VALPARAISO | Well before Valparaiso's annual Fourth of July Blast kicked off at 6:30 p.m. Thursday, a smattering of residents had nabbed prime fireworks-viewing spots behind Thomas Jefferson Middle School.
With temperatures in the 70s and no threat of rain, the crowd grew quickly and lined up at vendor booths for ice cream, cotton candy and hot dogs.
Festivities began with the posting of colors by VFW Post 988, American Legion Post 94 and the Dunes Leathernecks chapter of the U.S. Marine Corps League.
The event also featured music by The Crawpuppies and a reading of the Declaration of Independence by students, educators and civic leaders.
A fireworks show by ACE Pyro was scheduled to begin at dusk.
Valparaiso residents John and Angie Catrino were among those who showed up early with their lawn chairs.
For John Catrino, who served with the U.S. Marines Air Support Squadron 5 during the Vietnam War, the celebration of the nation's Independence Day is a reminder of the cost that comes with keeping that freedom.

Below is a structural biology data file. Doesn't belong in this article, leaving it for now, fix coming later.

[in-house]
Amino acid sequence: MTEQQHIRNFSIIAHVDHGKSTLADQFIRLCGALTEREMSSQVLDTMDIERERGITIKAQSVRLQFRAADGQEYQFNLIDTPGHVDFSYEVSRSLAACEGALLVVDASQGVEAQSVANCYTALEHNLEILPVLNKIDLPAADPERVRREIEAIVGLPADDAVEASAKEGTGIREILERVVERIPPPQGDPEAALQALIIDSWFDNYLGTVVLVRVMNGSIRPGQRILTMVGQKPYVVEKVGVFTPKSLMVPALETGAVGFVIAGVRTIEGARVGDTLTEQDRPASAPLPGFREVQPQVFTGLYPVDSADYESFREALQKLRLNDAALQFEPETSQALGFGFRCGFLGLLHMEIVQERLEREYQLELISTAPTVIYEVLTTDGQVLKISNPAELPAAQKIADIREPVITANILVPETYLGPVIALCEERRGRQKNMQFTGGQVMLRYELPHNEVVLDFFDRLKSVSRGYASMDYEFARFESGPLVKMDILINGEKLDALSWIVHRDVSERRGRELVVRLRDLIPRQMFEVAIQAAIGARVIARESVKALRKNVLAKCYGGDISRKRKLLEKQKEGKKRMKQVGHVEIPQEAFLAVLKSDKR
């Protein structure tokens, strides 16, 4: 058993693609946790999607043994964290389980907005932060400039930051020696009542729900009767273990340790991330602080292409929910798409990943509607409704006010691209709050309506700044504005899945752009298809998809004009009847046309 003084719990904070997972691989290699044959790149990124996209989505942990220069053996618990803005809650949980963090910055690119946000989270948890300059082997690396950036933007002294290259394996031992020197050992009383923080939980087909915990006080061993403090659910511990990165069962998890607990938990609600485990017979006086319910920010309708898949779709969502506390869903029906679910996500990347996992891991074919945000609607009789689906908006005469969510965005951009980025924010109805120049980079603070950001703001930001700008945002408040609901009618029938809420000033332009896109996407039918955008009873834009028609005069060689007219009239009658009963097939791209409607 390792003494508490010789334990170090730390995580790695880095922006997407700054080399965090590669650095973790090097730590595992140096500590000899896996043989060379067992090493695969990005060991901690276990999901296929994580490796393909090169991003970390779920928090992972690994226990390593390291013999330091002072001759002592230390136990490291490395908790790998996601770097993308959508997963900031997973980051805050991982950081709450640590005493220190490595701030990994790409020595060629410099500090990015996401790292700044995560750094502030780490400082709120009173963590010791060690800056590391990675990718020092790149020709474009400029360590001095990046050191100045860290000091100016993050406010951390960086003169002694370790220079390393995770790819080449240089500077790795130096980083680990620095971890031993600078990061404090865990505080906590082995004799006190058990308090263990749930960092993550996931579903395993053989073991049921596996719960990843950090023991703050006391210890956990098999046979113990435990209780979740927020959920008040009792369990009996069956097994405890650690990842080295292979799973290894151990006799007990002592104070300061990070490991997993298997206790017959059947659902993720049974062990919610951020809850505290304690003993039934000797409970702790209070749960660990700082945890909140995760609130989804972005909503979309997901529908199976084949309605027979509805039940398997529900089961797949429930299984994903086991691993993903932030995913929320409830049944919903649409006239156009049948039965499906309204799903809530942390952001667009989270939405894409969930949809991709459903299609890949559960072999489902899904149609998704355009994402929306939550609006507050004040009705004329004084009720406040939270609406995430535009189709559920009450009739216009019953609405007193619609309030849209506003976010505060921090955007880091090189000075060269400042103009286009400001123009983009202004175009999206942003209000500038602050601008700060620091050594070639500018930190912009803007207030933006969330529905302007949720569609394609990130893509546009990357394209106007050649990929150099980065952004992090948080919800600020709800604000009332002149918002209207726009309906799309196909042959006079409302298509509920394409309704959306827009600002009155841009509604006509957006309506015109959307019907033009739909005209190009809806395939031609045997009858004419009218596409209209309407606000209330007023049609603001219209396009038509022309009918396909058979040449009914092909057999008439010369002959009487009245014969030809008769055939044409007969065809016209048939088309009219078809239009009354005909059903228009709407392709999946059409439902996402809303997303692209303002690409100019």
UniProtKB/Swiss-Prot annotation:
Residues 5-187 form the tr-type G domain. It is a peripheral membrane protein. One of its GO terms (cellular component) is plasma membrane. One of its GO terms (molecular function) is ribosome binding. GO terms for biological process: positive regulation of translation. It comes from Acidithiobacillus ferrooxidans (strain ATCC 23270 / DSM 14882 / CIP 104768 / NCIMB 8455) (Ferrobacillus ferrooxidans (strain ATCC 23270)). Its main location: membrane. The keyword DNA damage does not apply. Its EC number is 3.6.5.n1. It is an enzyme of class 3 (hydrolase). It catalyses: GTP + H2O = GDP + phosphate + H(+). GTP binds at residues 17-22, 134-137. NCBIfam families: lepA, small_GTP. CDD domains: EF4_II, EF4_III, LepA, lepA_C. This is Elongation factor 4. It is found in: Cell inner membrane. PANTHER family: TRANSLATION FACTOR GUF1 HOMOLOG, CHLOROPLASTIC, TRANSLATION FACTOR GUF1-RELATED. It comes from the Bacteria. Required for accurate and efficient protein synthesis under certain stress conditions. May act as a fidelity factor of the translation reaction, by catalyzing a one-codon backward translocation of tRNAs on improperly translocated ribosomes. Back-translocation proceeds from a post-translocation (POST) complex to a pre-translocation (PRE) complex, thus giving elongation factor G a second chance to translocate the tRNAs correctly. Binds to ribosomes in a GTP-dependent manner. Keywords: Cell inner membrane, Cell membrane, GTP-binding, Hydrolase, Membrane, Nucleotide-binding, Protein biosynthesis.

“Some of my buddies never came back,” he said. “Freedom is taken for granted, but it comes at a high price.”
The couple said they attend the Valpo Blast every year and enjoy seeing their friends there.
“Besides the music and the fireworks, it's all about getting together with the community,” John Catrino said.
“It's good to hear the patriotic music,” Angie Catrino added.
Brett Odle, 18, of Valparaiso, also showed up early to meet with friends.
A recent graduate of Valparaiso High School, Odle plans to join the U.S. Marines Corps this September.
He said the July 4th celebrations reinforce his commitment to serve his country.
“It makes me feel like I'm doing the right thing to protect it,” Odle said.
Many people came to the event decked out in patriotic garb, and the Zilinger family of Valparaiso was no exception.
Holly Zilinger was joined by her daughter, Helena, and grandchildren, Lily, 5, Holly, 12, and Matt, 16. All sported red T-shirts with the letters USA, and Lily wore a small U.S. flag in her hair, secured by a bright-red headband.
“We come here every year, Holly Zilinger said. “It's a nice place and a fun evening out.”